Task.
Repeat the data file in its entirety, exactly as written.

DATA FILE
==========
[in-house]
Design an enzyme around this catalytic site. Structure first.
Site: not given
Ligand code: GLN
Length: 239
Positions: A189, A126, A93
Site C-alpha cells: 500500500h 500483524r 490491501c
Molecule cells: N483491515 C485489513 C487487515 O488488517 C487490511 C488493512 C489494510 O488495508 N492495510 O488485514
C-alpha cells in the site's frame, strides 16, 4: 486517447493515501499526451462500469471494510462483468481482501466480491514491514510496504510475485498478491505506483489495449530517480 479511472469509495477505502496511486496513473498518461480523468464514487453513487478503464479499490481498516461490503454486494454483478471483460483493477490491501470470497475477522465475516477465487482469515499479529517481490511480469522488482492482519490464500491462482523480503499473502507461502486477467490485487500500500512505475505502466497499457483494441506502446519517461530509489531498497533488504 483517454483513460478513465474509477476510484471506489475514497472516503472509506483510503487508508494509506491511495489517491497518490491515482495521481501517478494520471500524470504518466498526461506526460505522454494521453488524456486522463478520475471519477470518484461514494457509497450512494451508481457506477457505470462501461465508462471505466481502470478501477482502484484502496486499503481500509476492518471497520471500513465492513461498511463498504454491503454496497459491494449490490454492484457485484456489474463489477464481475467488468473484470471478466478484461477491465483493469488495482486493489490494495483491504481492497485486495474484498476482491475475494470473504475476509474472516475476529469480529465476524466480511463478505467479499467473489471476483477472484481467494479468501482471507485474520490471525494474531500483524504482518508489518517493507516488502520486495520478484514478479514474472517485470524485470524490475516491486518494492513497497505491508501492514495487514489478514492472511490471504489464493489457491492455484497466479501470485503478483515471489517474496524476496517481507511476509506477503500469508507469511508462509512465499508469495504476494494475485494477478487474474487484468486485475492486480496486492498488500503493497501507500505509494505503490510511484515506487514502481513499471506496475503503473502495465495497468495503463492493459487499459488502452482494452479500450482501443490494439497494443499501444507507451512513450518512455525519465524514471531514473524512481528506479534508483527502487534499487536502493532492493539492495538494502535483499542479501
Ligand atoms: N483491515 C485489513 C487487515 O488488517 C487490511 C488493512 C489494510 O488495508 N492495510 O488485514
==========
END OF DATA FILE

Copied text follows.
[in-house]
Design an enzyme around this catalytic site. Structure first.
Site: not given
Ligand code: GLN
Length: 239
Positions: A189, A126, A93
Site C-alpha cells: 500500500h 500483524r 490491501c
Molecule cells: N483491515 C485489513 C487487515 O488488517 C487490511 C488493512 C489494510 O488495508 N492495510 O488485514
C-alpha cells in the site's frame, strides 16, 4: 486517447493515501499526451462500469471494510462483468481482501466480491514491514510496504510475485498478491505506483489495449530517480 479511472469509495477505502496511486496513473498518461480523468464514487453513487478503464479499490481498516461490503454486494454483478471483460483493477490491501470470497475477522465475516477465487482469515499479529517481490511480469522488482492482519490464500491462482523480503499473502507461502486477467490485487500500500512505475505502466497499457483494441506502446519517461530509489531498497533488504 483517454483513460478513465474509477476510484471506489475514497472516503472509506483510503487508508494509506491511495489517491497518490491515482495521481501517478494520471500524470504518466498526461506526460505522454494521453488524456486522463478520475471519477470518484461514494457509497450512494451508481457506477457505470462501461465508462471505466481502470478501477482502484484502496486499503481500509476492518471497520471500513465492513461498511463498504454491503454496497459491494449490490454492484457485484456489474463489477464481475467488468473484470471478466478484461477491465483493469488495482486493489490494495483491504481492497485486495474484498476482491475475494470473504475476509474472516475476529469480529465476524466480511463478505467479499467473489471476483477472484481467494479468501482471507485474520490471525494474531500483524504482518508489518517493507516488502520486495520478484514478479514474472517485470524485470524490475516491486518494492513497497505491508501492514495487514489478514492472511490471504489464493489457491492455484497466479501470485503478483515471489517474496524476496517481507511476509506477503500469508507469511508462509512465499508469495504476494494475485494477478487474474487484468486485475492486480496486492498488500503493497501507500505509494505503490510511484515506487514502481513499471506496475503503473502495465495497468495503463492493459487499459488502452482494452479500450482501443490494439497494443499501444507507451512513450518512455525519465524514471531514473524512481528506479534508483527502487534499487536502493532492493539492495538494502535483499542479501
Ligand atoms: N483491515 C485489513 C487487515 O488488517 C487490511 C488493512 C489494510 O488495508 N492495510 O488485514